Where Are the "Toxic Assets" Hiding?

Whatever is revealed through the convoluted prism of the stress tests should be compared to the relatively straightforward data available from other institutions, such as the Federal Deposit Insurance Corp. (FDIC). The FDIC's "Quarterly Banking Profile" offers a cut-and-dried summary of financial results for all FDIC-insured institutions.

According to The Financial Times' review of the data as of Dec. 31, loans outstanding were $7.87 trillion. The Times noted that Goldman Sachs Group Inc. (GS) economists estimate the shortfall in Tier 1 capital, given certain liberal assumptions, to be at least $753 billion.

The International Monetary Fund (IMF) has estimated that the potential losses of U.S.-originated credit assets held by banks and financial institutions around the world is $2.7 trillion, The New York Times said last week. While the percentage of those losses that sit directly on the books of U.S. banks isn't known, it is widely assumed that the value of impaired assets exceeds $1 trillion. To further complicate and obfuscate necessary transparency, new accounting rules replace mark-to-market reality with subjective internally modeled accounting of the value of distressed assets. And until those unidentified and convolutedly accounted for assets are removed from bank balance sheets, they will weigh down the worldwide banking system for years to come.

Perhaps the greatest danger the stress tests will cause may result from seemingly healthier banks pressuring the government to take back taxpayer-funded capital, while at the same time facilitating a dangerous lopsidedness to the entire banking landscape.

The fallacy that some banks are doing well and want to pay back government money is easily pierced. Whether it's for general liquidity, for credit spreads, or to backstop their efforts to raise additional capital, the truth is that there isn't a single bank that isn't currently using government support in some form. The only way to determine if a bank is healthy is to require it to stand entirely on its own and to not incorporate any cheap government capital or any government liquidity enhancing facility.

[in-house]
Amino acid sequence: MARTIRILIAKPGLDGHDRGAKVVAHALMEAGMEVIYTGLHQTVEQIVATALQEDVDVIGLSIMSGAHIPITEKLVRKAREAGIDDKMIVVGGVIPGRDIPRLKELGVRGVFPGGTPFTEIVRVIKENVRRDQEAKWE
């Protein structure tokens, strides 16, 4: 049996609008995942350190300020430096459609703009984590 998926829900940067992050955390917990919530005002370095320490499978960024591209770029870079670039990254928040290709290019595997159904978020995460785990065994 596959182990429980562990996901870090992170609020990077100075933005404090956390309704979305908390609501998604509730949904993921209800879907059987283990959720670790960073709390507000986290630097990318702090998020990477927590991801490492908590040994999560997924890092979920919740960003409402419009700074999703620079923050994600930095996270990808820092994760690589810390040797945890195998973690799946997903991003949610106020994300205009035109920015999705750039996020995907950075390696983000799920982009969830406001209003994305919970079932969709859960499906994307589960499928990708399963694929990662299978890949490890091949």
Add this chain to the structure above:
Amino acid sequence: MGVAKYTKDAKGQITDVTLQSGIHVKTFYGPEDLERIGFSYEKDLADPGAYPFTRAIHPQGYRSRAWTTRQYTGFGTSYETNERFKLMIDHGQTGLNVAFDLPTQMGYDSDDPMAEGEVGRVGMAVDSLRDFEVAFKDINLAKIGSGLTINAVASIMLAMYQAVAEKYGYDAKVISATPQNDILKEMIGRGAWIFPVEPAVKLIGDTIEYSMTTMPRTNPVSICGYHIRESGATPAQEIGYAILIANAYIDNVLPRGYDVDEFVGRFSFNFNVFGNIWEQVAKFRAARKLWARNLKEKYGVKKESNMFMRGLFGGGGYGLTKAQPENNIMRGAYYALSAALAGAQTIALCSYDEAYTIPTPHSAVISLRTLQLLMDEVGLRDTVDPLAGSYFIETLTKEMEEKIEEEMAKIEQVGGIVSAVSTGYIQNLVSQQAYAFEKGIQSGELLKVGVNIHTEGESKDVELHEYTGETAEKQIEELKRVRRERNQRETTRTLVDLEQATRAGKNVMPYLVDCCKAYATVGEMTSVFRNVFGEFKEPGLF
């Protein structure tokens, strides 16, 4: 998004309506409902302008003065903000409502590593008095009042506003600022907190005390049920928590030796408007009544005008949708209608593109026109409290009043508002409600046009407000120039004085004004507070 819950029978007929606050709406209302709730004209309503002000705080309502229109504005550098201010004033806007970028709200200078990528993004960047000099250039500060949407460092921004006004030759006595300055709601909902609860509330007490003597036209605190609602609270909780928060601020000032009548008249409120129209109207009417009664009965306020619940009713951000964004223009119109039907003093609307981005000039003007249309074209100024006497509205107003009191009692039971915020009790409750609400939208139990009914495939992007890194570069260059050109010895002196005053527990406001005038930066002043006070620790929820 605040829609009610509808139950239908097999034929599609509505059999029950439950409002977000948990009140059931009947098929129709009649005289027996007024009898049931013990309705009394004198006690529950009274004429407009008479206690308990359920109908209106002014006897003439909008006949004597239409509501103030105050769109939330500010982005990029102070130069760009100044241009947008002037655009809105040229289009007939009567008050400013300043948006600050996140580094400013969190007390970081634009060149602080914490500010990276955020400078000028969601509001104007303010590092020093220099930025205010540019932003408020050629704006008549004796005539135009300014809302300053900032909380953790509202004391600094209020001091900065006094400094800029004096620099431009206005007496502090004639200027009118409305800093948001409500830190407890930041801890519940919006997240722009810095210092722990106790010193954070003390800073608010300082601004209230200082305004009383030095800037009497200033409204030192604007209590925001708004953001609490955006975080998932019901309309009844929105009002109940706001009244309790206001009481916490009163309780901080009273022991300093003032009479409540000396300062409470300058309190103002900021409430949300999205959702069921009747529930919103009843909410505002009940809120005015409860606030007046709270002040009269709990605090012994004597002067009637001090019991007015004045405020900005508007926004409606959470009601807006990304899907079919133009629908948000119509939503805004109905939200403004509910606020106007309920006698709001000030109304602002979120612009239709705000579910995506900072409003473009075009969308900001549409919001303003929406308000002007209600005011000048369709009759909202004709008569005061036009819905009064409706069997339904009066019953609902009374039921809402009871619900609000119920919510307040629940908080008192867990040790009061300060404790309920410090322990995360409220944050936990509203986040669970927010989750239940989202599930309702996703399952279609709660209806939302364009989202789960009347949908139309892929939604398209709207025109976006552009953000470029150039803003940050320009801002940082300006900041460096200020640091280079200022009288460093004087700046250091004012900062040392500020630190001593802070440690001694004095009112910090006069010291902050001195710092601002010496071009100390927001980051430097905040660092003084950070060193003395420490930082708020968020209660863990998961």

That will never happen in the current crisis. No bank is going to give up the preferential, cheaper cost of borrowed money provided by government vehicles when their competitors remain at the trough soaking up cheaper, government-backed capital resources. Until the entire system is self-sustaining, privately funded and supportable - and that distinctly assumes that some banks need to die a quick death and be buried - the system should be looked at as just that - a system.

Attempting to measure the health of every patient in the hospital by sticking a thermometer in only the sickest patients isn't going to do anything to stem the epidemic. The Treasury Department made a fundamental mistake in offering to reveal the results of stress tests. What it should have done is conduct system-wide tests on all banks, after which it systematically merged and shut down institutions that were either desperately threatened, or downright insolvent.

Yes, equity capital would be lost. But, as a lesson in moral hazard, it would be the clearest signal possible that shareholders are responsible for controlling boards even more so than boards are responsible for controlling management and risks at corporate institutions.

Until private-equity investors are confident that the nation's sick-and-injured banking patients are truly curable, there will be a decided reluctance to invest necessary capital into an uncertain future.

Nothing has been accomplished by these "stress" tests - except to further stress the banks, as well as the already-badly stressed U.S. economy.

"Money is not an invention of the State. It is not the product of a legislative act. Even the sanction of political authority is not necessary for its existence. Certain commodities came to be money quite naturally, as the result of economic relationships that were independent of the power of the State."

Carl Menger - the founder of the Austrian school of economics